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Training experience required

The candidate would be expected to have some experience in translational medicine and basic knowledge in onco-immunology.

General description of the institute

UCL is one of Europe's largest and most productive centres of biomedical research. We were the top-rated university in the UK for research strength in the most recent Research Excellence Framework. Our scientists have an international reputation for leading basic, translational and clinical cancer research and the Cancer Institute is uniquely positioned to leverage the multidisciplinary nature of UCL by engaging a range of disciplines to transform cancer research.

The UCL Cancer Institute is the hub for cancer research at University College London, one of the World's leading universities. The Institute draws together over 400 talented scientists who are working together to translate research discoveries into developing kinder, more effective therapies for cancer patients.


The Immune Regulation and Tumour Immunotherapy group at the UCL Cancer Institute aims to investigate the interplay between the immune system and cancer throughout tumour progression and immunotherapy. The use of our own immune system to specifically target cancerous cells has become a promising approach in the fight against cancer. However, anti-tumour immunity is tightly regulated by cellular and molecular circuits that prevent self and tumour destruction and significantly limit the efficacy of existing therapies.

CD4+ T cells play a key role in the regulation of immune responses to self and foreign antigens, differentiating into various subsets of helper and regulatory T cells and instructing the function of CD8+ T cells, NK cells and macrophages. Nonetheless, little is still known about the biology of tumour-reactive CD4+ T cells during tumour progression and cancer immunotherapy.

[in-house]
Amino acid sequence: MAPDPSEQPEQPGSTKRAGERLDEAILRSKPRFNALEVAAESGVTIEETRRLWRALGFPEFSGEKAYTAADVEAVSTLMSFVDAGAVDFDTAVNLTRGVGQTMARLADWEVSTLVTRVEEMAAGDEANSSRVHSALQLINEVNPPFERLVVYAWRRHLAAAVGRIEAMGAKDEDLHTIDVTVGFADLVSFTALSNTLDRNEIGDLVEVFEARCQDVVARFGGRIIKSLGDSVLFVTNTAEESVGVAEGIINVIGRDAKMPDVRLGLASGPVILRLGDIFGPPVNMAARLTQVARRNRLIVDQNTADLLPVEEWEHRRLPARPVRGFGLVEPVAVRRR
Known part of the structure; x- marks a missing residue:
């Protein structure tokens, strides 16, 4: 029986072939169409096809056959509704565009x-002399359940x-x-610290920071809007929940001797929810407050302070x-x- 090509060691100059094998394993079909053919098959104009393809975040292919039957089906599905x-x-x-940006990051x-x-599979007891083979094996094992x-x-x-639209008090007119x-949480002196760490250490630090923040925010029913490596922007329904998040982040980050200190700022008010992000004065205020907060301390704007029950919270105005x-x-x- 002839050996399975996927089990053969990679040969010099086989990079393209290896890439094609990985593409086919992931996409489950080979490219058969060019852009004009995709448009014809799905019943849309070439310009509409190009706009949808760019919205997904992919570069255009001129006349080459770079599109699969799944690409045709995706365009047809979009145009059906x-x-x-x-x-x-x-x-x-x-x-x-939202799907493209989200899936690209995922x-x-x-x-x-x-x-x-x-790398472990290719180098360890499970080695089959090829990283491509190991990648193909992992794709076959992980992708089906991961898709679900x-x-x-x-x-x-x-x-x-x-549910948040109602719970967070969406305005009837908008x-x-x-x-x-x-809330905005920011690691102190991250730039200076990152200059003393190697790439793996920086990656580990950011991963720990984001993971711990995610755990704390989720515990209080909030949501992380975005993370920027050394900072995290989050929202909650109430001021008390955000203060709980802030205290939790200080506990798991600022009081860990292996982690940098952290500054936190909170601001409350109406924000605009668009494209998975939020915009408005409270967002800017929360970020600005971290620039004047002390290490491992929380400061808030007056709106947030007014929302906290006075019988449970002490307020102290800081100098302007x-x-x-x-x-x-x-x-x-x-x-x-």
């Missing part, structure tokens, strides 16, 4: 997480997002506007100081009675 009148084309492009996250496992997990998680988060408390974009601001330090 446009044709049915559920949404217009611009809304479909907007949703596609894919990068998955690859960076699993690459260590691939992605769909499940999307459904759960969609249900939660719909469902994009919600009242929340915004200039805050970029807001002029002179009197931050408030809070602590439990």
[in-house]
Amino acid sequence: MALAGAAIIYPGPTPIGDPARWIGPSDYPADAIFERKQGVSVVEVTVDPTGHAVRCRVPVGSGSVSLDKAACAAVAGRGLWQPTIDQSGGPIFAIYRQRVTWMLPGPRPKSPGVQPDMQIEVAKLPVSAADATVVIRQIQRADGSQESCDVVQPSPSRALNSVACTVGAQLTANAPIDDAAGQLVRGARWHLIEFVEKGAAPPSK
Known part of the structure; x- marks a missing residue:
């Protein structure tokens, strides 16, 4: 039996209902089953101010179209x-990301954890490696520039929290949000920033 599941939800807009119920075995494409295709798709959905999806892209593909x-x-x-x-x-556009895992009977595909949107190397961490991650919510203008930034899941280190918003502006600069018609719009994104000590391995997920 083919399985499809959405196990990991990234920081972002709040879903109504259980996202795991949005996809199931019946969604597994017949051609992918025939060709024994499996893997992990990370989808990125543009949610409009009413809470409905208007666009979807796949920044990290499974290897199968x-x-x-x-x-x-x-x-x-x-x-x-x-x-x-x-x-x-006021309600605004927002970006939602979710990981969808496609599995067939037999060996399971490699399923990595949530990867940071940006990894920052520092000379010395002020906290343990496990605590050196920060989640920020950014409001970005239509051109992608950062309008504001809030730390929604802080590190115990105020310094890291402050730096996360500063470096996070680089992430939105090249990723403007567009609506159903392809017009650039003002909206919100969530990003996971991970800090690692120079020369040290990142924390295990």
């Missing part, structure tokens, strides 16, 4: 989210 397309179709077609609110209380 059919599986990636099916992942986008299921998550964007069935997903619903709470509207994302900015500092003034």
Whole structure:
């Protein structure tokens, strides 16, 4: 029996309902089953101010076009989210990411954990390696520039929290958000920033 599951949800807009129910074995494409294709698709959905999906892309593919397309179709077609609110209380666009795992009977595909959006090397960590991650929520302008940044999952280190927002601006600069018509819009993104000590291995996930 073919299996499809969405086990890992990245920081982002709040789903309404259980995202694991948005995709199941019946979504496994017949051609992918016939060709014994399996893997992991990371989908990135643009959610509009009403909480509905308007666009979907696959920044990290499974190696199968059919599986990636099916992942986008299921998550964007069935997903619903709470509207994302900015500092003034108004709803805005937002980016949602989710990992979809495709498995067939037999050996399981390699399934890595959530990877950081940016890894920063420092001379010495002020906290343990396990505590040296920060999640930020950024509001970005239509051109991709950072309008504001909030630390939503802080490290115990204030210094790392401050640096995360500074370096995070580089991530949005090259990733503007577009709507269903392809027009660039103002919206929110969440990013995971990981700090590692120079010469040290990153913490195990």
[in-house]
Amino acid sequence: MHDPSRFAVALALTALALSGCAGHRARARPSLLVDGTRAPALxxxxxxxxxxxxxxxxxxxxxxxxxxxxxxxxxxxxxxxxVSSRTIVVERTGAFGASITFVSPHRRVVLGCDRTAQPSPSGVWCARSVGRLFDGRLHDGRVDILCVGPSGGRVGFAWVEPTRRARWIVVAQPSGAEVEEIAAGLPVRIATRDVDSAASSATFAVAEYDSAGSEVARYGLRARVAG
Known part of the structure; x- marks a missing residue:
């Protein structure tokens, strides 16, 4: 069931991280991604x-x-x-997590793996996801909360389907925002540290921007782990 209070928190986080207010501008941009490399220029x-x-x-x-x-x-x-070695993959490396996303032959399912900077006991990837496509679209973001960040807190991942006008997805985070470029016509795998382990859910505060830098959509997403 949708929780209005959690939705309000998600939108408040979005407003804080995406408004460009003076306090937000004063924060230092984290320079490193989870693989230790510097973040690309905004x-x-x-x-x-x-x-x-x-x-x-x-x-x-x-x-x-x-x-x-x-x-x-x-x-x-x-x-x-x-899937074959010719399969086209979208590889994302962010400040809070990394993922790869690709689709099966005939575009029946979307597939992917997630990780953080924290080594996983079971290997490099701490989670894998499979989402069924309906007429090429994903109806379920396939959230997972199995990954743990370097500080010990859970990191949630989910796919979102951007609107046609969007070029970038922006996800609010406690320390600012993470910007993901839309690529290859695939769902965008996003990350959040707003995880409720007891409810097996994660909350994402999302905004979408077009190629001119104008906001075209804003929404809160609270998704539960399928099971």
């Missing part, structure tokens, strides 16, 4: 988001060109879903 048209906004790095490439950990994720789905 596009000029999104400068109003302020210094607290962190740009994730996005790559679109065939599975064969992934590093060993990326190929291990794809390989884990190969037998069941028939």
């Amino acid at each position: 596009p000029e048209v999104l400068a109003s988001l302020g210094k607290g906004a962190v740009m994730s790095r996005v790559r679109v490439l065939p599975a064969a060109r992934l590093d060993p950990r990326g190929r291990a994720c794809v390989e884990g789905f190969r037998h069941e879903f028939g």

Our aim is to identify and target the most relevant cellular and molecular pathways restricting the activation of tumour-reactive lymphocytes, their access to the tumour site, and their activity within the tumour microenvironment. Moreover, we are interested in how the function and plasticity of tumour-reactive CD4+ T cells and the innate immune compartment is regulated by the tumour microenvironment and by immune co-inhibitory (e.g. CTLA-4 and PD-1) and co-stimulatory signals (e.g. GITR, OX40, CD27). In addition, we are interested in understanding how these regulatory circuits control the efficacy of cellular vaccination and adoptive cell transfer strategies and how can they be manipulated to induce potent anti-tumour immunity.

These studies will not only inform the basic understanding of the immune response to malignancies, but in the context of the UCL Cancer Institute, will be used as a platform for the development of novel translational strategies in the clinic.


Please refer to Translational Technology Platforms.

Last update: April 2021

Host Institute UCL Cancer

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